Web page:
India — Dealmaker or Dealbreaker?

The Armchair Critic
The Armchair Critic
3 min readApr 29, 2018


20 November 2009 @ 2:49 am

If you’ve been following the lead up to the climate change conference at Copenhagen this December, (which has been on everyone’s lips here at SNRE), you might have noticed that there have been a series of talks between India and a few developed countries (UK, a few Scandinavian countries) and also with other developing countries (Maldives and China last month). It was after the Maldives talk that Jairam Ramesh, India’s environmental minister, wrote a “confidential” letter to the PM saying that India should move away from the G77’s position which was that :

developing countries should not have a limit on Greenhouse gas (GHG) emissions and that they “are only expected to take actions they deem possible under national circumstances and then too only if these are `enabled’ by finance and technology”.

This is what was agreed to during Kyoto Summit and in the UN Framework Convention on Climate Change (Bali Summit revision).

Australia and the US are of the opinion that all countries should have some limit or the other based on their level of development. India, China and other members of the G24 (a subset of G77 comprising the more developed among the 77) have always maintained the position that since the developed countries (OECD) caused the problem, they should first commit to cuts in GHG emissions before they expect developing countries to do so. Many European countries seem to support India’s stand in this issue.

Last month, Jairam Ramesh wrote (confidentially, he thought!) to the Prime Minister that to bring US and the other developed nations on board climate change negotiations, India needed to take a more pragmatic stand. He said that India should commit itself to voluntary cuts in GHG emissions if that’s what is required for global consensus. Most people outside India saw that as a brave and positive move. But back home, he was attacked (by) left, right and centre.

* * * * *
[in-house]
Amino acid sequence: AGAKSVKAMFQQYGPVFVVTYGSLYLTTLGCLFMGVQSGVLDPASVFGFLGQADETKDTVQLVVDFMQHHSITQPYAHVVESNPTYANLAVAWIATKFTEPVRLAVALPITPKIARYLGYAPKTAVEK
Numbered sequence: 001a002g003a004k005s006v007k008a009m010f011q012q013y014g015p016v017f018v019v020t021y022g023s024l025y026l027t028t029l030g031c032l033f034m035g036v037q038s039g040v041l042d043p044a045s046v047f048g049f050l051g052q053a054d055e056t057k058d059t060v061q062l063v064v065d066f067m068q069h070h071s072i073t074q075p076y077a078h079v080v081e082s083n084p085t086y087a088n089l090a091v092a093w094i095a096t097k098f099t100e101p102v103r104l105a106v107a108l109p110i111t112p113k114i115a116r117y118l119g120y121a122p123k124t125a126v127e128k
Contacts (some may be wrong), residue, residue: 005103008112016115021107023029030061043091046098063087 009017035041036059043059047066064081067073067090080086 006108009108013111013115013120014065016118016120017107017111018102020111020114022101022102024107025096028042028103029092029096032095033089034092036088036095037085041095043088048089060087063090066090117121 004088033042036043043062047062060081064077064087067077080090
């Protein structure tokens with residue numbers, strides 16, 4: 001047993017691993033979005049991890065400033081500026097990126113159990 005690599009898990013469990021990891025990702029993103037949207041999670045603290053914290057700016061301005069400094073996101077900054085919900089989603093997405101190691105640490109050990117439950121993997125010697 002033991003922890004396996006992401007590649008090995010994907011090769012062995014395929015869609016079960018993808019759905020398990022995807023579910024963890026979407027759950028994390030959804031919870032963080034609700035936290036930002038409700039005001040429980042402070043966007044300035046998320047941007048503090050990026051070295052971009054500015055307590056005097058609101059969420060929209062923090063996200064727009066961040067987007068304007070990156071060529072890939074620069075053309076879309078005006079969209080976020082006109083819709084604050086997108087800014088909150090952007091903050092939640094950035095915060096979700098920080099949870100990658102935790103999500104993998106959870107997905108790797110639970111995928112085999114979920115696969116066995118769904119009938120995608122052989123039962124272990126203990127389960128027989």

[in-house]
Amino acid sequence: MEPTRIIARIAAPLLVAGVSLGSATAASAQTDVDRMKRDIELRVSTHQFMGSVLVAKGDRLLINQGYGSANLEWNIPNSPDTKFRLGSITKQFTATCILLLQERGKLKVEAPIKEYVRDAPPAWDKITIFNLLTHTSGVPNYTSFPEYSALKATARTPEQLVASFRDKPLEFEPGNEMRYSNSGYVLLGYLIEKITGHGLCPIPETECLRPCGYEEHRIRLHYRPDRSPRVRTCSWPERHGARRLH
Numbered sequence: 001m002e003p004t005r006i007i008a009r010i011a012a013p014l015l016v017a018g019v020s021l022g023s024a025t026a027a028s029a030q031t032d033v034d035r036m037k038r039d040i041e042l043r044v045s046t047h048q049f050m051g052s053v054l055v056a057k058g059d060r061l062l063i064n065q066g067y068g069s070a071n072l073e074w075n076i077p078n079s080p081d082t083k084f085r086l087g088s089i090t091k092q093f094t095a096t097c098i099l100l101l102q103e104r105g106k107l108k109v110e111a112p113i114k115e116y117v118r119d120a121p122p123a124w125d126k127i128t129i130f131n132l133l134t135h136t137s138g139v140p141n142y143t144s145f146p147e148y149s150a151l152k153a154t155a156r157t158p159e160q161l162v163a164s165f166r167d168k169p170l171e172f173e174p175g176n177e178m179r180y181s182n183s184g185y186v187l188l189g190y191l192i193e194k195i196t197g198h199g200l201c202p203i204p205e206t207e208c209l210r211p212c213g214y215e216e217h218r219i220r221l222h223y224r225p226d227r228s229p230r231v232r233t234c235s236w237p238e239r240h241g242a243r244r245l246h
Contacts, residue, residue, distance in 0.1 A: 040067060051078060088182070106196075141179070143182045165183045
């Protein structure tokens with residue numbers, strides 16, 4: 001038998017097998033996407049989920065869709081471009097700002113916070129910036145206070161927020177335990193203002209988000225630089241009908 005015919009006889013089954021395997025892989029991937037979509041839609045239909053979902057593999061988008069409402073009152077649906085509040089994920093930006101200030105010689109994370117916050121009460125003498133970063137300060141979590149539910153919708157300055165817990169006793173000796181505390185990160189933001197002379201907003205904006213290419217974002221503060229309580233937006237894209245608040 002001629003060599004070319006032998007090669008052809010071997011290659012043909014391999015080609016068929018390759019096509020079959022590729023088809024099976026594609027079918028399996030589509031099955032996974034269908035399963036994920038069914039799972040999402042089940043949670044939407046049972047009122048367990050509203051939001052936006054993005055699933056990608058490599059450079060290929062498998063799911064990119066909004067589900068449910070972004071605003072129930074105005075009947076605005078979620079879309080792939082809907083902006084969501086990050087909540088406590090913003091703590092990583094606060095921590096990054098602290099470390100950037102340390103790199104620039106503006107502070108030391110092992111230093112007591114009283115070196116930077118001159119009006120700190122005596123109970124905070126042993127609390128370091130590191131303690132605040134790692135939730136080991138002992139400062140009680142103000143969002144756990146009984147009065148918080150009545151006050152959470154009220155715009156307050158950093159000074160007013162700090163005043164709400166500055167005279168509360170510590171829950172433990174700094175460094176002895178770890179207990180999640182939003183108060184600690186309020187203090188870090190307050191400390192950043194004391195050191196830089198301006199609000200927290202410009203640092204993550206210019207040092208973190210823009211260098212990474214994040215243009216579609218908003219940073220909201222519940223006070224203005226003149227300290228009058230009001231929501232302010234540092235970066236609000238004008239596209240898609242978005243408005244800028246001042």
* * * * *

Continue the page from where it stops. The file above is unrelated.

I am not yet sure of what is the right position for India to take. On one hand, it will probably cripple India’s industries if emissions are capped. And since India is already selling a lot of carbon credits to foreign firms, will we have enough credits to run our industries, especially the coal fired power plants?

On the other, India is one of the countries that will get most affected by an increase in GHG emissions, a resultant increase in temperature and thus a sea level rise and changed weather patterns (disrupted monsoons?). Also the fact that a large part of Bangladesh could go under water could mean an increased influx of refugees too.

In other words, India tends to lose whatever it does. It would not be easy to compare the losses in each case as one would involve losing lives and repatriating affected people while the other would involve monetary losses to industries in employing technology to reduce emissions.

Meanwhile it continues to be used as a political tool by people who seem to have no idea about what they’re saying. Bittu Sahgal and Malini Mehra present an excellent analysis of the whole issue here.

[A couple of days back I came across an article titled “Cooperate on Climate Change, says PM”. Funnily the cooperation he was asking for was between Jairam Ramesh and Shyam Saran, India’s Special Envoy for Climate Change negotiations in deciding what India’s stand at Copenhagen would be.]

Originally published at